“Don’t know how long we’ve been down here, don’t know the last time I saw the sun. My mining crew is trapped, were low on food and water. Deadly gas, floods, collapses threaten us. All we have left is our hope and even that has begun to dwindle…” – Bud Rook
Dwindle is a psychological survival game set in an old 1902 American mine. A collapse has just occurred, trapping you and your crew of 23 other miners underground with limited food and supplies! You play as Bud Rook, the foreman of the mine. Your task is to guide your mining crew through the dangers and horrors of being trapped in a mine, and get them to safety.
I can confidently say that I have not played any game set in an old 1902 American mine. Might I add that I am glad that I grew up in this time and age! While I’m sure you can list off your top 10 psychological survival games, Dwindle delivers in a new way that I have yet to experience. Handling others people’s lives add’s quite a bit of stress to the player. In addition, you will also have to speak with your fellow miners to get to know them, gain usable information about them, and attempt to calm them down through extensive dialogue trees that react dynamically to the world around them. Let’s just say that this was a bit trickier than I had thought! Managing the supplies, exploring the cave and learning each miner at a personal level takes a lot of management skills.
Your miners will become exhausted, injured, and stressed as you send them out to perform tasks. Unprepared miners could become lost in the darkness of the mines, and may even die while performing tasks. I found this out the hard way… I was focused on further exploring the cave that I didn’t realize that we had run out of food. I foolishly sent out a tired worker to go scavenge for food for my hungry miners… She never returned! I felt guilty that I sent her alone into the darkness to find food for the rest of the miners, why didn’t I go out there myself?! I had to pause and actually think about it, I was feeling emotional while playing a computer game… well done Rabid Troll Studios!
While dealing with my emotions and the struggle of managing not only the miners tasks but the supplies as well, I can easily say my largest challenge was not going out to explore the cave myself. I quickly learned that the miners will not perform tasks unless you tell them what to do. I foolishly decided to leave the main area and go explore the cave myself. To my surprise I came back to a bunch of unimpressed, hungry and scared miners staring at me, waiting for me to tell them what to do. While I know your role as a foreman means you need to keep people in line, I wish that there was more exploration for the player without consequences.
Gameplay and Graphics
Dwindle is a 3-D psychological survival game. It is suppose to submerse you into the role of Bud Rook, the foreman of his 23 miners. While it usually takes me awhile to fit into the role I am suppose to play, the game doesn’t give you time to start thinking, you need to act and act quickly… this is life and death and it’s not only you, there are 23 others! There was no tutorial when you started the game, you were forced to learn how to do everything on your own – this may scare away some new players but I enjoy figuring things out for myself and usually skip any tutorial given to me anyway. The menu’s were easy to navigate and designating tasks to the miners was easy as dragging the character icon onto the task you want them to do. While giving tasks, work tools were shown on the left in the red tool box and the supplies were shown underneath on the blue tarp, this is very well placed for the player to see to prioritise the tasks given to each miner.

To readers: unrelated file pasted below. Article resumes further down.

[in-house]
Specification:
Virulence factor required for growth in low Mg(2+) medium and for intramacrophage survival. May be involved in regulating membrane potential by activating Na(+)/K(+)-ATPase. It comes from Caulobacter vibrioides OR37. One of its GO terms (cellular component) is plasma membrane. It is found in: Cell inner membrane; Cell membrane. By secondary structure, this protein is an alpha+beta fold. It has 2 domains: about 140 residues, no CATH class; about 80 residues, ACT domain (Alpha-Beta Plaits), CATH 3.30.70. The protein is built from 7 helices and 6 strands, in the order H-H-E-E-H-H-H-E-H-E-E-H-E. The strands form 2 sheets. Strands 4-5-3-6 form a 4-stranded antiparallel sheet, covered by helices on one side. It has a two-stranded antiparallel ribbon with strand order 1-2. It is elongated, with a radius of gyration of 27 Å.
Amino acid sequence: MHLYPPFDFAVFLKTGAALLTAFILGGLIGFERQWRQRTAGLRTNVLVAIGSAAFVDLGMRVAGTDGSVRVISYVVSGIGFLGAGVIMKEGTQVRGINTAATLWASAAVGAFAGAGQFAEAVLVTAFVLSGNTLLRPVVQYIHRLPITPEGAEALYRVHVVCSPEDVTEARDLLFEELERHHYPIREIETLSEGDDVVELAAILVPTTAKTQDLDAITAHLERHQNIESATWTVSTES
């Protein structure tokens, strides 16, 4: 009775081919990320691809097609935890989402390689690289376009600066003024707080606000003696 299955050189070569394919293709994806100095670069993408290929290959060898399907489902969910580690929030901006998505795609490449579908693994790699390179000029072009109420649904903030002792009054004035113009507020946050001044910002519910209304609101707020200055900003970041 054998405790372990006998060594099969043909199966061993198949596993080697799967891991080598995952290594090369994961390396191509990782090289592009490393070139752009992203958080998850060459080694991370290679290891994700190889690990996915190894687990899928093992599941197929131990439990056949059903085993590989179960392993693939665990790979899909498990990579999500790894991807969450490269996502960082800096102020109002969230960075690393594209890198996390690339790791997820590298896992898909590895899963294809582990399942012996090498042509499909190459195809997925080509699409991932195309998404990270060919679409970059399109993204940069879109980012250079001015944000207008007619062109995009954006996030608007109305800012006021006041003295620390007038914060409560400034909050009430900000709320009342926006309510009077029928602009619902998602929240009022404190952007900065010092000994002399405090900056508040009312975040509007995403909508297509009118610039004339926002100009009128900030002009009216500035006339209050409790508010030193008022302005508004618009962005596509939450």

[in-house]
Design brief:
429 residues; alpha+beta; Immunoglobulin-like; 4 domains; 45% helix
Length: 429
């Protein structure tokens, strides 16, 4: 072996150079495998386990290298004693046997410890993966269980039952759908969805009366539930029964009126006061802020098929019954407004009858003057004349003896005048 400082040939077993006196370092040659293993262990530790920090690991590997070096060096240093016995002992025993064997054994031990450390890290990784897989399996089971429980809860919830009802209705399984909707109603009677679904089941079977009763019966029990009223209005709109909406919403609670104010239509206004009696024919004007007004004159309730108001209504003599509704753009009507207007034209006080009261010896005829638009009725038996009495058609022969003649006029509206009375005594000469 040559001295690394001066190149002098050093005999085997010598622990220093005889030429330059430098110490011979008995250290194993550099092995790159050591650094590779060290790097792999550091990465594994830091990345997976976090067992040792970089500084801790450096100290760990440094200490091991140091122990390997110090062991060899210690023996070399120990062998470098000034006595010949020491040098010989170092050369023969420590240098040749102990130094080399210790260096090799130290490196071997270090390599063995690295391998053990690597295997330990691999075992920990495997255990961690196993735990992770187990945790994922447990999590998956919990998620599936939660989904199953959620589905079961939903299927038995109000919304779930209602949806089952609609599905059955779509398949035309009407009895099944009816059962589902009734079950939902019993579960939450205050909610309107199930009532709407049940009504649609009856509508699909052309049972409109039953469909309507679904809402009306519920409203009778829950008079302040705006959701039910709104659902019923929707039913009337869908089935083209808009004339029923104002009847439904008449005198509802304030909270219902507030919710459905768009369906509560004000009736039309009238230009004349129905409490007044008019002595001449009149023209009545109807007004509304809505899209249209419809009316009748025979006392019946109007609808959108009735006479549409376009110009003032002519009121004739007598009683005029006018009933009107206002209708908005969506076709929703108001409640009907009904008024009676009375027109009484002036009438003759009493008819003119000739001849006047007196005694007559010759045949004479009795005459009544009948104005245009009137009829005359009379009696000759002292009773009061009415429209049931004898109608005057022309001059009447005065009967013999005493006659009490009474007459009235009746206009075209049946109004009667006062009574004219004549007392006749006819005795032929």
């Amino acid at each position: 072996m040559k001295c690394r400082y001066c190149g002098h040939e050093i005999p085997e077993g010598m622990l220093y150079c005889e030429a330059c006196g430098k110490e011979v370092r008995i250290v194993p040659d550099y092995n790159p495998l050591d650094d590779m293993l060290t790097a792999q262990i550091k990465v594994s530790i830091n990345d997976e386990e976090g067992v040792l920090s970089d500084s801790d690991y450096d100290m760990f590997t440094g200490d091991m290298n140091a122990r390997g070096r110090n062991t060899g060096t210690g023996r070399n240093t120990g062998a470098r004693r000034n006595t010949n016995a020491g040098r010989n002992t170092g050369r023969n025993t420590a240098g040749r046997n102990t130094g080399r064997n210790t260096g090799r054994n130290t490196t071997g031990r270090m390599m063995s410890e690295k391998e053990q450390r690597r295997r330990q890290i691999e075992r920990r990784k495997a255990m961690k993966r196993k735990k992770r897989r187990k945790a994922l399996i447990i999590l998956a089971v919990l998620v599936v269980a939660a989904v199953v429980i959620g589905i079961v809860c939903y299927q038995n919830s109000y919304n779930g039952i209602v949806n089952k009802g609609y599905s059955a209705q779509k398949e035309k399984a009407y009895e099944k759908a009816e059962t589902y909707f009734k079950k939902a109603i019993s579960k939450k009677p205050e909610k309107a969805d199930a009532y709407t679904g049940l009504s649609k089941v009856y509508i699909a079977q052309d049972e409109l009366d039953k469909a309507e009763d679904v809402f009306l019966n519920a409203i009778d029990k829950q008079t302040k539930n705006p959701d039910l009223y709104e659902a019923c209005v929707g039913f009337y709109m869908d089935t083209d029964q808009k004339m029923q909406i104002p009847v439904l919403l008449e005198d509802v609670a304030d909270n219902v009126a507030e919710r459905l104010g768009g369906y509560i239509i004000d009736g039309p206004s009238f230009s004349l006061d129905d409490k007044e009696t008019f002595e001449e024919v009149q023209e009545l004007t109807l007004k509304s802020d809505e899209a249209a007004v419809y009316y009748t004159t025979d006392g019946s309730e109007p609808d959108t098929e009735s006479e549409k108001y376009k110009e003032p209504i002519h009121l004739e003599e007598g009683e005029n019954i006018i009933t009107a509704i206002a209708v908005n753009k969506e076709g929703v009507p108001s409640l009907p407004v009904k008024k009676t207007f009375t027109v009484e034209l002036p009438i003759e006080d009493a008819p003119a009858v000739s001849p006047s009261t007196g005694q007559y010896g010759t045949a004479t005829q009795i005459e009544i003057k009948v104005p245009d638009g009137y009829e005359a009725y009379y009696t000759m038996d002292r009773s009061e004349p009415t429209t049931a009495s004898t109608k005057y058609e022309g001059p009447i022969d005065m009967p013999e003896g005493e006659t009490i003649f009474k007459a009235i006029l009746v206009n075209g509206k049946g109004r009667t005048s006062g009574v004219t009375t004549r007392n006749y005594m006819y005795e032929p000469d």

The graphics of this game are quite good for such a small development team! The darkness of the cave is well known once you go out to explore for yourself, your head lamp is the only source of light until you light the torches throughout the mine. The shadows all around you give you the feeling of the unknown and that anything can happen at any point which keeps you on the edge of your seat while exploring. One thing I do wish that would change is the clock on the top centre of the screen. I found myself always watching the clock rather than paying attention to my surroundings, this added to my nerves I already had – I suggest adding a button (pocket watch?) to show the time rather than it always constantly being seen.
Rabid Troll Studios
A group of 14 dedicated gamers and game developers. Led by Jason Marquez and using art and animation by Dan Taylor and Lauren Benson. Brought together by their love of game development and their work in the UCCS Game Design and Development program, they have all developed multiple week long and semester long projects. They all then decided to come together and formed Rabid Troll Studios as they feet that they had the experience and knowledge necessary to develop full commercial games.
I personally enjoy the fact that they are bringing fans into the experience through live streaming. Not only do you get to physically see work being done on the game, it gives you a chance to give your thoughts on the game directly to the developer. Be sure to check out one of there live streams
While this review is only on the Alpha released only a few days ago, I can already see that this game has what it takes to become widely known around the world. While I can say that the Alpha version of the game satisfied me, they are putting in much more work to come out with a polished finished version of the game. I found this gem of a game while scrolling on KickStarter and am glad that I had taken the time to contact the developers to get the information I needed to create this article. Be sure to check out their campaign and support Rabid Troll Studios – you will not be disappointed by this game!
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